In this article by Rob England he provides a point of view on the some not so desirable metrics for Service Desk and an approach towards a Balanced Scorecard. What I really admire about Rob’s approach is his different point of view on the usual norms and the way he would force you to validate your thinking and provide a different point of view.
In this article he has written about too much focus on Abandoned Calls undesirable. While it might be ok for an in-house service desk to not give too much focus on Abandoned Call Rate, more often than not SLAs which are written between third party/external service providers and customers have Abandoned Call Rate as an important statistic. This is something that is an indicator of the service to customers and drives customer satisfaction. Rob mentions that too much focus on ACR might force Service Desk agents to finish the calls in a rush, and a similar situation would occur with focus on AHT (Average Handle Time) for calls. I personally feel that these two metrics are an important indicator of the Service Desk quality and need to be measured. Some of the actions which need to be taken with these numbers going up could be
1. Identify a trend in Call Abandon Rate and staff Service Desk agents to handle those volumes (most call centers do that)
2. Identify agents which high AHT and identify reasons for high AHT. This might trigger a need for some training to be imparted to those agents
In my opinion, its not possible to reach a conclusion on these metrics unless a deeper analysis is done on them and over time a consistent performance should take these down the priority list.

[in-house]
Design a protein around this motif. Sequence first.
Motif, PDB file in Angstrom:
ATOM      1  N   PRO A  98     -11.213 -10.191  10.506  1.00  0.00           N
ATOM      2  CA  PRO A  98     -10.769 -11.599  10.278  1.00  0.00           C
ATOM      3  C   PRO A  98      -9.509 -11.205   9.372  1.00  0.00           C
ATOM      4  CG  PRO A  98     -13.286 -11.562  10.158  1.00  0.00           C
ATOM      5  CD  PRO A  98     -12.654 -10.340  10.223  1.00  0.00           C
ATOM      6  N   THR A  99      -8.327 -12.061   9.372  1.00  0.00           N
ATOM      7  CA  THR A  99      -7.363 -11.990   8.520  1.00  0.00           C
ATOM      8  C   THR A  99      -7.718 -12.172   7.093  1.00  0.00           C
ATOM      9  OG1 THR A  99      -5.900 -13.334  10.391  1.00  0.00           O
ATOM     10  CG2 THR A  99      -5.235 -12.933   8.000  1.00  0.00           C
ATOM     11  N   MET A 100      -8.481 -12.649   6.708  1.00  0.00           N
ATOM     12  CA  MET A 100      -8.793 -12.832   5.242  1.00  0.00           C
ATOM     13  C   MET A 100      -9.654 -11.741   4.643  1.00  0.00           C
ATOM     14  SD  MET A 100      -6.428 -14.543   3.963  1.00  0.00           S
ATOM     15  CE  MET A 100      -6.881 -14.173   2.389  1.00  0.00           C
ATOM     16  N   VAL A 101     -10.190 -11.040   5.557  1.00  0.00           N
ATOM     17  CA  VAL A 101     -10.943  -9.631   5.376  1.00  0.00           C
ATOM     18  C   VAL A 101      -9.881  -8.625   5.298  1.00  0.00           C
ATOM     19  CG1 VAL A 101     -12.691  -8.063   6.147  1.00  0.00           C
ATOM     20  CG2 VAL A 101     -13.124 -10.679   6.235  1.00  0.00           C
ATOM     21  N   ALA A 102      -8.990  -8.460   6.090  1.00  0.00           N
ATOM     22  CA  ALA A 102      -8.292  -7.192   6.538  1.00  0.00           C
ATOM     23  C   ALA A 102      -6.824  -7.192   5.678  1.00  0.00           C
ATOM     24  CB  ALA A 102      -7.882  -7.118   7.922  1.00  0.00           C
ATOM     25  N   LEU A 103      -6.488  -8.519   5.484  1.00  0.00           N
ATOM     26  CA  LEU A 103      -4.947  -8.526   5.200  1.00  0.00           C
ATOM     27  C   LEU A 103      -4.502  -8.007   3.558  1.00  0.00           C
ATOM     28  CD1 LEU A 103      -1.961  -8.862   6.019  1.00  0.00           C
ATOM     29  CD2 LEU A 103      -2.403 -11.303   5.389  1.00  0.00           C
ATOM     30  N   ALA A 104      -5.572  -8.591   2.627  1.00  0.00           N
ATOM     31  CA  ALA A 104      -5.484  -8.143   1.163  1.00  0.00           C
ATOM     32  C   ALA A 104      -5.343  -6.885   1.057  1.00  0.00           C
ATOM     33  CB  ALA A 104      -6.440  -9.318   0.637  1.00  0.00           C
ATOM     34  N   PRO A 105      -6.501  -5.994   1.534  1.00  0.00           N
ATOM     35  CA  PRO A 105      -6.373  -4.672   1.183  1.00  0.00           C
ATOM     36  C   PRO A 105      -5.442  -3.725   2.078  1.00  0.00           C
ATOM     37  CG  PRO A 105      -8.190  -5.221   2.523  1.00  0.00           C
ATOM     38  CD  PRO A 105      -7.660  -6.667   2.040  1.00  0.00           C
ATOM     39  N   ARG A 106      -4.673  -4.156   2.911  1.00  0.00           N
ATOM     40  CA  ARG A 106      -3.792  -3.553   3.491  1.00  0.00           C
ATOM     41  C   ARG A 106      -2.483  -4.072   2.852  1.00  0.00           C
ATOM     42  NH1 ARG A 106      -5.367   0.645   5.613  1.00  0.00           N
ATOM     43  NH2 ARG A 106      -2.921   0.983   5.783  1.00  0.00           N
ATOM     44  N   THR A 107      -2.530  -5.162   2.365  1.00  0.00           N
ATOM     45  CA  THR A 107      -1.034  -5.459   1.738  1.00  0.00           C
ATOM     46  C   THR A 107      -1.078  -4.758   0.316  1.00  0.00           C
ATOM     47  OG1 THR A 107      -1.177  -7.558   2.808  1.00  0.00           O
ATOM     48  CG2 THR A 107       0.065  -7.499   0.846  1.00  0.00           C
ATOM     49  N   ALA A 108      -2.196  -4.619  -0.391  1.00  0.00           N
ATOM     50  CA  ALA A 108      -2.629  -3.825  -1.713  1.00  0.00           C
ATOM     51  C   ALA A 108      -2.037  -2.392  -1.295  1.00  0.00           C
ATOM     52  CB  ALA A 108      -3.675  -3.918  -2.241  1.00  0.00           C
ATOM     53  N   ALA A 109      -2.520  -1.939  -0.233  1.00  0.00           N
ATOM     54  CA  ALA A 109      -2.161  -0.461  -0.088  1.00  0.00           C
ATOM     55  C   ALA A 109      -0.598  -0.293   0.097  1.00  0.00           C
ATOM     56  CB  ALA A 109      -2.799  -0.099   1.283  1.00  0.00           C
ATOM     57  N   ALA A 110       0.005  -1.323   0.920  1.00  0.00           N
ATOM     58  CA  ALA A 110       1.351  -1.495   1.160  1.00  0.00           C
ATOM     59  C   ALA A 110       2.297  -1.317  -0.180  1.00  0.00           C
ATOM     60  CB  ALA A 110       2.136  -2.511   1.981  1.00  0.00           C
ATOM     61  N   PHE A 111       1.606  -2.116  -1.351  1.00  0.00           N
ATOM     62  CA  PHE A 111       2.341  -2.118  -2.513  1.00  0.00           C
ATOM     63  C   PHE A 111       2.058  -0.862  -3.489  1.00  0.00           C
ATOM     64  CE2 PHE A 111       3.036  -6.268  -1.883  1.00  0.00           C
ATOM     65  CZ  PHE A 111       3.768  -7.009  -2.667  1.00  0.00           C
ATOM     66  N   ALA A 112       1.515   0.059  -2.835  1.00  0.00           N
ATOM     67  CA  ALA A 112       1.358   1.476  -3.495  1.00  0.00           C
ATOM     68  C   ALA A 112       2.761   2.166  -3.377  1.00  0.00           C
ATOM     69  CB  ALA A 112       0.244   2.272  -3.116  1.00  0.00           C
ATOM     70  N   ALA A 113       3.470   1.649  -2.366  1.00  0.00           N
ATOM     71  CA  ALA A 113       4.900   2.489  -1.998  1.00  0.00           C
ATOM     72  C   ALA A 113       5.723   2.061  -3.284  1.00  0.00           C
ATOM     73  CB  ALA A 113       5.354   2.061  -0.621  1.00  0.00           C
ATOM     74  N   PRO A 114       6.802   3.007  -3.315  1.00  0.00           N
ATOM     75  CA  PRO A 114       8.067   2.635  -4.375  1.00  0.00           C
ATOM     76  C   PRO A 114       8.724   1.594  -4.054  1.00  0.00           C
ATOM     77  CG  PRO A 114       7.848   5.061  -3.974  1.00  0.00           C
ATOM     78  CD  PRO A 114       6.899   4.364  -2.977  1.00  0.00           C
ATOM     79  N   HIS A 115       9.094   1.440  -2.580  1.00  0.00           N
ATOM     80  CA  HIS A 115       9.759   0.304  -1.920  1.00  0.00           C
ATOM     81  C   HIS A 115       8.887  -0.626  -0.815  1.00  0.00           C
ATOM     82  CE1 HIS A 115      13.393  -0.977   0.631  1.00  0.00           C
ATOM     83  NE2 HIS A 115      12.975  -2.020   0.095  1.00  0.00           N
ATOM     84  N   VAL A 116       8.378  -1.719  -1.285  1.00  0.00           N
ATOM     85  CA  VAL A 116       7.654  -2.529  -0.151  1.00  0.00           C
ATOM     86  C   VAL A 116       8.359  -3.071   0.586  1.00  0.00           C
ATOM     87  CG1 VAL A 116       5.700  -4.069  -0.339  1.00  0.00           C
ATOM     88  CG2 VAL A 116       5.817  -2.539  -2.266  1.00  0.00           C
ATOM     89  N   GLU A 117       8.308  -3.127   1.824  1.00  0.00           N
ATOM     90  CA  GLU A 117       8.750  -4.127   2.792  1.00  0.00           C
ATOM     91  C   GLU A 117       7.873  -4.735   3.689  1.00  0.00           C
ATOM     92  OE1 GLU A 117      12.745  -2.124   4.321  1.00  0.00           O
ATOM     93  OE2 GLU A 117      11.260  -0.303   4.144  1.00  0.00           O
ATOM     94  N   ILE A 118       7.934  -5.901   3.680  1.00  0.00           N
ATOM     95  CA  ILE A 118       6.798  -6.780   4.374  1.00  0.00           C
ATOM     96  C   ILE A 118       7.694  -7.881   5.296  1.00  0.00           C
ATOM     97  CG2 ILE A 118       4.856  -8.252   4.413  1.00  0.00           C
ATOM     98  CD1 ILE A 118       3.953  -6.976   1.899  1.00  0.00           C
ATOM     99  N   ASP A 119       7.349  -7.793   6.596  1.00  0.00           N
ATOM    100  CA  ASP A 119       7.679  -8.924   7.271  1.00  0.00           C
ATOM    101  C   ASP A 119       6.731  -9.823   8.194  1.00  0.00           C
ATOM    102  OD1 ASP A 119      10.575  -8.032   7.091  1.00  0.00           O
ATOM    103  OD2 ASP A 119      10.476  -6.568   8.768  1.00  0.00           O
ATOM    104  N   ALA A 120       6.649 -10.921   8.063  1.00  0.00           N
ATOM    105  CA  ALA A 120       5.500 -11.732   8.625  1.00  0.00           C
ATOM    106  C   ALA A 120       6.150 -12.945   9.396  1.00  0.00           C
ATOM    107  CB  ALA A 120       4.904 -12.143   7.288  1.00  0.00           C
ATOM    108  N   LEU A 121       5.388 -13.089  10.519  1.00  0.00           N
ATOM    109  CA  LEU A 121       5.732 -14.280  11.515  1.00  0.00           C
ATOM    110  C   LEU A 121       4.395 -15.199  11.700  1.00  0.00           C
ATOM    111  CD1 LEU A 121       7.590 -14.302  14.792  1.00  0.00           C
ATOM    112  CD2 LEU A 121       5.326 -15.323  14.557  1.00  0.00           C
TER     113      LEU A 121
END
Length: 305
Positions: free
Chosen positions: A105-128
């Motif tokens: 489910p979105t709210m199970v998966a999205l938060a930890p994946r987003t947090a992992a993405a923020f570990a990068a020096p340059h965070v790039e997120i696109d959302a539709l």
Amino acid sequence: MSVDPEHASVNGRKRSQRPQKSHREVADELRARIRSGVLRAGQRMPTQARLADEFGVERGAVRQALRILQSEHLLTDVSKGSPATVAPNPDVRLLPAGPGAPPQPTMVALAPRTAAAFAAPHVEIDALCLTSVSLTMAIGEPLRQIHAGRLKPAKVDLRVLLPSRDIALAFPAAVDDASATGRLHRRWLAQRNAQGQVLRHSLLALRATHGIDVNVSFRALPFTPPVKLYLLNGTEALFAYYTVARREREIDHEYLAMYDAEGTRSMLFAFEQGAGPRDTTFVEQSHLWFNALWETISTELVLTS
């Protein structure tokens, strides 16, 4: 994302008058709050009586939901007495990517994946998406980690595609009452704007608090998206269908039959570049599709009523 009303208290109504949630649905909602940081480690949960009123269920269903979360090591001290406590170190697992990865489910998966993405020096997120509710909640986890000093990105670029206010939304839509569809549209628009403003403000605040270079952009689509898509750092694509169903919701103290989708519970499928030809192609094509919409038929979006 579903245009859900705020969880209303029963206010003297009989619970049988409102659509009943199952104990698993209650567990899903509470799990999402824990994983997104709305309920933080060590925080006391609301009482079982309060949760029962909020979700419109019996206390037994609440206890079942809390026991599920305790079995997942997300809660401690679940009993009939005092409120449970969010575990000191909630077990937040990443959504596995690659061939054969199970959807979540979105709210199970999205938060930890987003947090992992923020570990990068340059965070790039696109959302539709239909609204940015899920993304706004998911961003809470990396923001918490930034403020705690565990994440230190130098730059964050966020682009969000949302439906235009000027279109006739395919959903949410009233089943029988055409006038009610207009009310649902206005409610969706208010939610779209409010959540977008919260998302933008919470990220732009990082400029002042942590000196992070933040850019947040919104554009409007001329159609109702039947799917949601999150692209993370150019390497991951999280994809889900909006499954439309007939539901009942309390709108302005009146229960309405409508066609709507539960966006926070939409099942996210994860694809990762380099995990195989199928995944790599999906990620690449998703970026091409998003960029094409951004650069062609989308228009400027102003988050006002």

Looks like today is a number day! The previous post was with the number 6 and this one with the number 7.
Hang Marquis in this weekly newsletter from DITY (Do IT Yourself) writes some truths about Metrics followed by a simple checklist to create metrics that matter.
- Align with Vital Business Functions. Regardless of the IT activity, you need to make sure your metrics tells you something about the VBF that depends on what you are measuring.
- Keep it simple. A common problem manager fault is overloading a metric. That is, trying to get a single metric to report more than one thing. If you want to track more than one thing, create a metric for each. Keep the metric simple and easy to understand. If it is too hard to determine the metrics, people often fake the data or the entire report.
- Good enough is perfect. Do not waste time polishing your metrics. Instead, select metrics that are easy to track, and easy to understand. Complicated or overloaded metrics often require excessive work, usually confuse people, and do not get used. Use a tool like the Goal Question Metric (GQM) model to clarify your metrics.
- Use metrics as indicators. Key Performance Indicators are metrics! A KPI does not troubleshoot anything, but rather the KPI indicates something is amiss. A KPI normally does not track or show work done. Satisfying several KPI normally means satisfying the related CSF. The KPI is an indicator, a metric designed to alert you that CSF attainment might be in jeopardy, that is all. A good metric (KPI) is just an excellent indicator of the likelihood of attaining a CSF.
- A few good metrics. Too many metrics, even if they are effective, can overwhelm a team. For any processes 3 to 6 CSFs are usually all that is required. Each CSF might have 1 to 3 KPI. This means most teams and individuals might have just 2-5 metrics related to their activities or process. Any more and either the metrics won’t get reported, or the data gets faked. Too many metrics transforms an organization into a reporting factory — focusing on the wrong things for the wrong reasons. In either case, the usefulness of the metric is compromised.
- Beware the trap of metrics. Failure to follow these guidelines invariably results in process problems. Look around your current organization.